View of Left Bank and Lake Susan with gazebo in the foreground.

Celebrating Renovations and Reopenings

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“If I have seen further [than others], it is by standing on the shoulders of giants.” 

Isaac Newton

On Friday, June 7th, during the first square dance of the year, we will pause to celebrate the renovation and reopening of the Barn, Montreat’s longest serving facility for the conference center’s ministry of recreation. If you are there, you will see immediately some of the physical upgrades – to the surfaces and windows, to the sound system, to the bathrooms. You may notice another upgrade when you dance – the foundation has been strengthened. It is still the Barn, but it’s probably in the best shape of its long life.  

At the end of the day, however, projects like this are mostly about people. First, it is about the donors whose gifts have made the project possible. I want to offer special thanks, here in this space and again Friday night, for the lead support of Trish and Eddie Edwards and to a host of other contributors who gave so generously.  

I’m also thankful for those who have made the Barn a building worth renovating. Heath Whittle comes to mind. I never knew him, but for a generation of Montreaters, the name Heath Whittle remains synonymous with Montreat recreation. Each summer from 1949 through 1965, Coach Whittle drove up from Davidson College, where he served as a teacher and coach of athletics and physical education, to run the Clubs program here in Montreat. Each summer he would assemble a collegiate staff to serve as counselors and recreation leaders. Each summer he would bring his own brand of leadership, and even today his formative influence is felt on our programs and by many he knew and led.  

It was onto Coach Whittle’s shoulders that Larry Wilson and Glenn Bannerman climbed in the mid-1960s. From there they created, shaped, and advanced Montreat recreation in virtually every respect. Both men brought significant education and experience to their roles (as well as the gifts and talents of two large families). They worked together on some things, independently on others, grounding practical and pedagogical expertise in theological commitment. They launched new activities and improved others, making such a mark by the late 1970s that Montreaters may not notice major differences in the Montreat recreation of that era from Montreat recreation today. “Friday night at the Barn” (including the advent of the Stoney Creek Boys), the Montreat Campground, and the Fourth of July Parade are among the more obvious contributions, but the more significant legacy may be the thousands they taught, trained, and influenced – people who would lead activities across God’s church and beyond.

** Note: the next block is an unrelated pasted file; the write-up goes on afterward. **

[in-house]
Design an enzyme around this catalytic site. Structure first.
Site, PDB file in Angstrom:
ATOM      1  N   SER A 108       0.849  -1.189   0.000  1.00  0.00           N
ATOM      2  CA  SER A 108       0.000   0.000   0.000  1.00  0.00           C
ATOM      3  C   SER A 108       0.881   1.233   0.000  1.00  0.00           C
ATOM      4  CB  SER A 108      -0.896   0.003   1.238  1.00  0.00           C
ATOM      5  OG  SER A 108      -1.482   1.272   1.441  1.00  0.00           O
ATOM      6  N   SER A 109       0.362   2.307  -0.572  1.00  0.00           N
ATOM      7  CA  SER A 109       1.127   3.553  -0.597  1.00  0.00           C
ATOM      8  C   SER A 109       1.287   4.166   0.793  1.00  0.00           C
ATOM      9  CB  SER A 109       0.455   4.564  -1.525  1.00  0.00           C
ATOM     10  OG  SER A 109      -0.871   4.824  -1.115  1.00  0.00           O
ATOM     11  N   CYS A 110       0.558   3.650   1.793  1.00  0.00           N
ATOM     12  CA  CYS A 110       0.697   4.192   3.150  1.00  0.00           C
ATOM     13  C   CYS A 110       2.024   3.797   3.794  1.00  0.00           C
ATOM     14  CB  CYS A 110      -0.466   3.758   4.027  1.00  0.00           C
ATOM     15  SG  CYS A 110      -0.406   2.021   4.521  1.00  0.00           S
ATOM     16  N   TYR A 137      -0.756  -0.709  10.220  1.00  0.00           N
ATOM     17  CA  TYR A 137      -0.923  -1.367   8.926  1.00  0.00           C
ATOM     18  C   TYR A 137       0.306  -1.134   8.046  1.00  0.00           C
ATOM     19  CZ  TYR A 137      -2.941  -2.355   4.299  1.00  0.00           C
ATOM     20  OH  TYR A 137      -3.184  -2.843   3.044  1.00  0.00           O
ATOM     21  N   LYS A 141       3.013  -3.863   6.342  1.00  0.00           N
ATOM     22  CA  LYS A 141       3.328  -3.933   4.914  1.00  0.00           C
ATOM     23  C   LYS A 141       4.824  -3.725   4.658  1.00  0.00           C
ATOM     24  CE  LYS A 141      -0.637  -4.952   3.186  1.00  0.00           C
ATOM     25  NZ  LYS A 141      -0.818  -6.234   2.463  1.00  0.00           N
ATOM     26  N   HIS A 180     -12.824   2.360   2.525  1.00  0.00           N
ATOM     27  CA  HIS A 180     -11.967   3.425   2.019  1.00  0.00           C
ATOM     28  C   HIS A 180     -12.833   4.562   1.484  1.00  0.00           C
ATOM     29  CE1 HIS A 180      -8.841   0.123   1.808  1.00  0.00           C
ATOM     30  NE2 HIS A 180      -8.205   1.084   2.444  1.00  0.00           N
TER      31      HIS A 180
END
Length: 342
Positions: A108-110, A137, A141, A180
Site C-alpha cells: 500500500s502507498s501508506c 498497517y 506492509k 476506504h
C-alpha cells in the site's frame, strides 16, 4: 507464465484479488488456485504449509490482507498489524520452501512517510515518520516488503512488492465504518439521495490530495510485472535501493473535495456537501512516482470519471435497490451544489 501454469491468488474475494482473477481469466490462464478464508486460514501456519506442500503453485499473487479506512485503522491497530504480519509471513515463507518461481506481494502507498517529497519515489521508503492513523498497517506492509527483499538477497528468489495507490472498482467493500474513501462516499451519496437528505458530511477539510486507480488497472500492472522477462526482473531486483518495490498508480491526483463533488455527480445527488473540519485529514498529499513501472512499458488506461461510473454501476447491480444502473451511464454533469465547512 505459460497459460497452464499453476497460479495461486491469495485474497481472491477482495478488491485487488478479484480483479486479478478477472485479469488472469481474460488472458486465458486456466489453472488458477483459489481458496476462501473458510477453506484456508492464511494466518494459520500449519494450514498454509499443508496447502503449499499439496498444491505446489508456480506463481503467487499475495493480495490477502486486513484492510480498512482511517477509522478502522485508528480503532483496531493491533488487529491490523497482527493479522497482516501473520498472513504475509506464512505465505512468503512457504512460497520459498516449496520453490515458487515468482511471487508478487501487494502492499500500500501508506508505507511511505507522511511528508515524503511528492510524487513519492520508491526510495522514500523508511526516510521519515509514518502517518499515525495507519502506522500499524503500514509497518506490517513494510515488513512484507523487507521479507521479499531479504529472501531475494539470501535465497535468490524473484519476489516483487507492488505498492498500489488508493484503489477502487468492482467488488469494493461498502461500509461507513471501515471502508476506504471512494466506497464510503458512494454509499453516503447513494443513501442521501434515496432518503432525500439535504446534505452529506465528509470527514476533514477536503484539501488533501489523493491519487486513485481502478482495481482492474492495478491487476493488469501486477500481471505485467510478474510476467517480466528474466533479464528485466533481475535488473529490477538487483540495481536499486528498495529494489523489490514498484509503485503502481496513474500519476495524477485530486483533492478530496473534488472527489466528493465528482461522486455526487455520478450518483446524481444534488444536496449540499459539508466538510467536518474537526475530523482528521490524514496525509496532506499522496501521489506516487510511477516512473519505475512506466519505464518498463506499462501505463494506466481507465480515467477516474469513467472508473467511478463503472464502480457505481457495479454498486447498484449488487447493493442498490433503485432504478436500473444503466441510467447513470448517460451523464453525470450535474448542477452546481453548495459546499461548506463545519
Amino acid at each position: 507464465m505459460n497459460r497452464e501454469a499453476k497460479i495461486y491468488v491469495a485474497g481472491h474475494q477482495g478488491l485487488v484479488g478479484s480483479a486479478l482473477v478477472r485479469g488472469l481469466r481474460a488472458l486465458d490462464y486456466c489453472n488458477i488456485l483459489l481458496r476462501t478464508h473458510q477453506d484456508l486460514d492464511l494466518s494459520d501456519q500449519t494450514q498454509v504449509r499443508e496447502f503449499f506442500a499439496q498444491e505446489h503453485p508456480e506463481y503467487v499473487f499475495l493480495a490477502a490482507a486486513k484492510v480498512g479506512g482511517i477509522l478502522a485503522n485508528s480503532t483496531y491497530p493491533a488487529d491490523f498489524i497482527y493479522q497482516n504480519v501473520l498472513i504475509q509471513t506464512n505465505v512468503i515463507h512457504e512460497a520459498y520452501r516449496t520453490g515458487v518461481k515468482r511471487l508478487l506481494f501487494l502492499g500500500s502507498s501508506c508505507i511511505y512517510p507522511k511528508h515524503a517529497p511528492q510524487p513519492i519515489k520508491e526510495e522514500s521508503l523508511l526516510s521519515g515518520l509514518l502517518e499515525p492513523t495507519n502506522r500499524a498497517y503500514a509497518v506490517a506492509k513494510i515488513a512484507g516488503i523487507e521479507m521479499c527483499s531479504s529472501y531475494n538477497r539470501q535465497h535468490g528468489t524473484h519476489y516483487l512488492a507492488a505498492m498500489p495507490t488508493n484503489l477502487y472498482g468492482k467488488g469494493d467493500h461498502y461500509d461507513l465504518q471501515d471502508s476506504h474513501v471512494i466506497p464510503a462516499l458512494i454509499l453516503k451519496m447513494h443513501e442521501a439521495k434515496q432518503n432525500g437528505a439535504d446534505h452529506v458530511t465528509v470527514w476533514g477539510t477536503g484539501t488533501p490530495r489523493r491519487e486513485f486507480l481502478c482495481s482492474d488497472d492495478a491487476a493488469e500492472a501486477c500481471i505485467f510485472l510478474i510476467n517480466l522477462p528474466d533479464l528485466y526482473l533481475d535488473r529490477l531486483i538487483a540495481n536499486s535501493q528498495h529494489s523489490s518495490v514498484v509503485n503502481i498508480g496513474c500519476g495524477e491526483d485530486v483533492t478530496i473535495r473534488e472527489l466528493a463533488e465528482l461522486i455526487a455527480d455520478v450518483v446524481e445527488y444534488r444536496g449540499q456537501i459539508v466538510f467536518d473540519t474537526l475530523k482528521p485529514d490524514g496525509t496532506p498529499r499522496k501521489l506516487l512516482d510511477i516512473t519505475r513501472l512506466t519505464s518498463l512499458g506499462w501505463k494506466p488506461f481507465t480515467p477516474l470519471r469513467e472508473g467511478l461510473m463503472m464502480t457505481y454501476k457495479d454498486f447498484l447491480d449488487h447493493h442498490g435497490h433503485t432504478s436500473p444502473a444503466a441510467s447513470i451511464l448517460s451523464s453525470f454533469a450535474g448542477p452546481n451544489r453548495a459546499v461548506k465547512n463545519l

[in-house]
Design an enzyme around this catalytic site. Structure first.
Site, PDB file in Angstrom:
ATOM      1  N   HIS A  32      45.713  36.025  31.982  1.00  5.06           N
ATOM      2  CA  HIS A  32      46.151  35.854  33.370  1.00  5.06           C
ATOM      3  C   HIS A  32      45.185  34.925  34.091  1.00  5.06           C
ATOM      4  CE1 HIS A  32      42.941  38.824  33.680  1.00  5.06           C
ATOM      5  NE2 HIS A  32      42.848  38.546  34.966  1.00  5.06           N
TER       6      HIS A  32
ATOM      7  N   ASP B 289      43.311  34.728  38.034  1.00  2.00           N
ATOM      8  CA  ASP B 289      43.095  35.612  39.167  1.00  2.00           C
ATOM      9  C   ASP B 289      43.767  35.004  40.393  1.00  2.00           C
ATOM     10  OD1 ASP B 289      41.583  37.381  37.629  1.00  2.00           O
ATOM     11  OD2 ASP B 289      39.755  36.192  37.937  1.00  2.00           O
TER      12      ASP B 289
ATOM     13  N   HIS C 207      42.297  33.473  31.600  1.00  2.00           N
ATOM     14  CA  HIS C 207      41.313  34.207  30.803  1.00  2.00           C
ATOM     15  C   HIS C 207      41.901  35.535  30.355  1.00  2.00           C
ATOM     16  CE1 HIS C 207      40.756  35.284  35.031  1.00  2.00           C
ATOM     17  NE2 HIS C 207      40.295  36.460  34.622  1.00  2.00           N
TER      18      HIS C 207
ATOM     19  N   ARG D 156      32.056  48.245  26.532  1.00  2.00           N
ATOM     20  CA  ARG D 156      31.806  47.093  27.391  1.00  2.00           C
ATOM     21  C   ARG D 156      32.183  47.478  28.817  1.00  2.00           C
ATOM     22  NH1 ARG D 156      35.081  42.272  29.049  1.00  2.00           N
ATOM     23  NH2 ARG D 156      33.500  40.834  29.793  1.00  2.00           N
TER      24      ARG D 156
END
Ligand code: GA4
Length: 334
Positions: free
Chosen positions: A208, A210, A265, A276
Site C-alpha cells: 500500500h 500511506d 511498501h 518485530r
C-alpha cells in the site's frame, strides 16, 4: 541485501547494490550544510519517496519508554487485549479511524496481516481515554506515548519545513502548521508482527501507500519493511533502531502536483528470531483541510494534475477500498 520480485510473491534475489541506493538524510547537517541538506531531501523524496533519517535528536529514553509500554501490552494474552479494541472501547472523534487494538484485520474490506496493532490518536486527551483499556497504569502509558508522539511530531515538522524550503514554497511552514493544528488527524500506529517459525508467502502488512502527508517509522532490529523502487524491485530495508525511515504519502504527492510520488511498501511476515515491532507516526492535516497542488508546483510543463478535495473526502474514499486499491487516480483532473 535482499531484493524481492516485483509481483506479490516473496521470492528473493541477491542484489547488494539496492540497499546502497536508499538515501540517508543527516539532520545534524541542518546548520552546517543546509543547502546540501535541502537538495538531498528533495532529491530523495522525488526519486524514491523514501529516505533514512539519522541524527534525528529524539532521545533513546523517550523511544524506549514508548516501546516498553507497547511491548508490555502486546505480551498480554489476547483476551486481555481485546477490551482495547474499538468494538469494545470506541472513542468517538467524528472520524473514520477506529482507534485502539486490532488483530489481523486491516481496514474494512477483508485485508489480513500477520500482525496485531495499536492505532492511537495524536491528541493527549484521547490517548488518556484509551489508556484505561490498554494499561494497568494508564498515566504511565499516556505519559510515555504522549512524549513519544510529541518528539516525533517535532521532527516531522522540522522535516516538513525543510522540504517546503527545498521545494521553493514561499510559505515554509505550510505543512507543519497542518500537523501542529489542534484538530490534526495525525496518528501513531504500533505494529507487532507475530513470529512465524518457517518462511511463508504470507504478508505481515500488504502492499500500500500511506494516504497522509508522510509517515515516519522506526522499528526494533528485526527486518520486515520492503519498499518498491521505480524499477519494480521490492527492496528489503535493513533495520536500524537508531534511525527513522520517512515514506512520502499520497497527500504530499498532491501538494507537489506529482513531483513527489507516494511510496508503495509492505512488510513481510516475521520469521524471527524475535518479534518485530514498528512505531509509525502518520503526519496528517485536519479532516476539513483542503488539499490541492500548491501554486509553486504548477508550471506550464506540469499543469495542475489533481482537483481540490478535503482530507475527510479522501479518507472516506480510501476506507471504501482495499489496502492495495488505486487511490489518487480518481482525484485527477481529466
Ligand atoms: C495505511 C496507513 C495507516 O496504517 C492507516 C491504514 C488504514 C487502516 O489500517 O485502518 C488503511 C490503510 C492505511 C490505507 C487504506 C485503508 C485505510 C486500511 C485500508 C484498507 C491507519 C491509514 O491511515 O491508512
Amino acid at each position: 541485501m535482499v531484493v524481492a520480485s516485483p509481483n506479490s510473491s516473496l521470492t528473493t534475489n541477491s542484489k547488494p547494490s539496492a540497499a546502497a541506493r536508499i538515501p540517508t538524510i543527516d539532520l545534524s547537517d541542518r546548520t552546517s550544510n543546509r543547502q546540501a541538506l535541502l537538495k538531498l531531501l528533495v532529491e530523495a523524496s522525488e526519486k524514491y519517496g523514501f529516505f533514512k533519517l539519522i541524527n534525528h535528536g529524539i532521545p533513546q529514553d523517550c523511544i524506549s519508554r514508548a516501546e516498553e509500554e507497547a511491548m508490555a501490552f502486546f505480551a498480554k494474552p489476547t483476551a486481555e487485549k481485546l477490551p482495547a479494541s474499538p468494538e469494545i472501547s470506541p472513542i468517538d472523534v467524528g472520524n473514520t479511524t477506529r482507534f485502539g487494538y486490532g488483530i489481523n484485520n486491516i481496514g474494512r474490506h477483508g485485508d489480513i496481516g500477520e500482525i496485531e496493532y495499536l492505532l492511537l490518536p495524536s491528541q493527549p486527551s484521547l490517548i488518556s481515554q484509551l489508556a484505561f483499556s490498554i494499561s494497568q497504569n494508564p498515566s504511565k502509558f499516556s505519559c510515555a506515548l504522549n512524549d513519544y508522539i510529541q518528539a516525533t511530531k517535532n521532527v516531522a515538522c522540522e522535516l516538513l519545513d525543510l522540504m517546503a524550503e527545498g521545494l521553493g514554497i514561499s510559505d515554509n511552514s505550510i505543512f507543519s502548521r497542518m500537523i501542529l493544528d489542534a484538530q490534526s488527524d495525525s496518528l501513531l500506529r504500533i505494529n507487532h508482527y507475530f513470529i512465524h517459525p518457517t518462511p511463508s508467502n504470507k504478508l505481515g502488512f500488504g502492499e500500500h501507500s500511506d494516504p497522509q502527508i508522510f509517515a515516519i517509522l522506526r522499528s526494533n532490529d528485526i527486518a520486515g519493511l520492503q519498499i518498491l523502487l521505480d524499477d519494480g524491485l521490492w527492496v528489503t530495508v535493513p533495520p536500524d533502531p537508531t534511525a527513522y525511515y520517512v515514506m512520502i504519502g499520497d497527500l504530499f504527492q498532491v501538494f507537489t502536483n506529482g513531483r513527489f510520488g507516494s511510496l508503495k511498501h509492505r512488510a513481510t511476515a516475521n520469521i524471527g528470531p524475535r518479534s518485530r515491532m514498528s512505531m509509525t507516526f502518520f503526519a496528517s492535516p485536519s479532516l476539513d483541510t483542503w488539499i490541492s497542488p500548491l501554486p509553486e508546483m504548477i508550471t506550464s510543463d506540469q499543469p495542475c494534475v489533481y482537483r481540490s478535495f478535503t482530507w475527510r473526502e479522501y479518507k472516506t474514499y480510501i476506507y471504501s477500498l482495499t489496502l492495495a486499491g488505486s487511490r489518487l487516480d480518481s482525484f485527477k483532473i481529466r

Then there was Glenn’s own legacy of continuity, as he maintained his role as a caller and recreation leader at the Barn until his dying days. It is a tenure of leadership that may be unparalleled in our history as a conference center.  

The names above stand out in my memory, but countless others made key contributions to Clubs and recreation through the decades. More recent innovations have included dedicated staffing for environmental education, for music, and to better integrate children with special needs; and again, there are many other examples. Turns out, the practice of standing on shoulders has outlasted even Glenn.  

As we celebrate those who made the Barn’s renovation possible, I hope that each of you will also celebrate the prospect of future opportunities. Certainly, this future Barn will host traditional activities like square dances – Amen! – and host events and activities for God’s purposes that we have not yet imagined and many in between. In sum, I hope you will rejoice in the prospect that a renewed Barn will serve as a platform for memory AND ministry for generations to come. See you Friday night! 

Richard DuBose

Richard DuBose
President, Montreat Conference Center